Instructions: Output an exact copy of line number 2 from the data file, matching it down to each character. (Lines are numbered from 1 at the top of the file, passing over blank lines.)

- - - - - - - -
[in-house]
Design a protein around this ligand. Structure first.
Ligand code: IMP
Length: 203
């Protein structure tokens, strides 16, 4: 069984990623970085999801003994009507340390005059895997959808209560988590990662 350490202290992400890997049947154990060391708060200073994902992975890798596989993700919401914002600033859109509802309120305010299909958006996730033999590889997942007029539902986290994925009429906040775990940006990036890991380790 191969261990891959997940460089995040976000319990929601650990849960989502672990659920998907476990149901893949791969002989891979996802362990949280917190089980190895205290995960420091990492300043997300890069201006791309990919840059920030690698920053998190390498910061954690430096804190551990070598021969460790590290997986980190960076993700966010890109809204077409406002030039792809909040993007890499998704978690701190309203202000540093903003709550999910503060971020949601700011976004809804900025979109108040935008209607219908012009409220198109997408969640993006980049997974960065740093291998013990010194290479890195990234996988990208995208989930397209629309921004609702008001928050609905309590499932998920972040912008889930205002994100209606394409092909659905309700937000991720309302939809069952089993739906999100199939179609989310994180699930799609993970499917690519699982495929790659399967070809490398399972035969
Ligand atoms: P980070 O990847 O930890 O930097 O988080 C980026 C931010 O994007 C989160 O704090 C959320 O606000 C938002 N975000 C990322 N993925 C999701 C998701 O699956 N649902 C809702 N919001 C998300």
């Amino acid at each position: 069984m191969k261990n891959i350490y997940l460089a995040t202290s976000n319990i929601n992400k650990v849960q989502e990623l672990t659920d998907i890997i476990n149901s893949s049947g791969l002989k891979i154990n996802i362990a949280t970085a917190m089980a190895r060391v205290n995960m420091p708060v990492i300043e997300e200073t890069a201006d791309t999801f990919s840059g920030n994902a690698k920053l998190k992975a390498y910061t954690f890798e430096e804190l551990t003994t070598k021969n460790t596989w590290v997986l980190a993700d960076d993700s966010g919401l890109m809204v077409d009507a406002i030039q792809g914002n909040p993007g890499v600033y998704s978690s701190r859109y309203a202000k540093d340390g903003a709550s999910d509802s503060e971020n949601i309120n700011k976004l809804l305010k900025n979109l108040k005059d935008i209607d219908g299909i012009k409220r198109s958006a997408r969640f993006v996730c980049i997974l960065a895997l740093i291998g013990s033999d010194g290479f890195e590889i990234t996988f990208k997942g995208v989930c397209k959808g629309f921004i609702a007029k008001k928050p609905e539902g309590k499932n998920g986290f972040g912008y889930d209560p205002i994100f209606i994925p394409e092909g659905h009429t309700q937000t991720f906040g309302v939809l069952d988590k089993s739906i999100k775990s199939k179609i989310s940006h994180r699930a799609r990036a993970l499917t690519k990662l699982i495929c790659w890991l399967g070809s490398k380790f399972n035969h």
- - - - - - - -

Design a protein around this ligand. Structure first.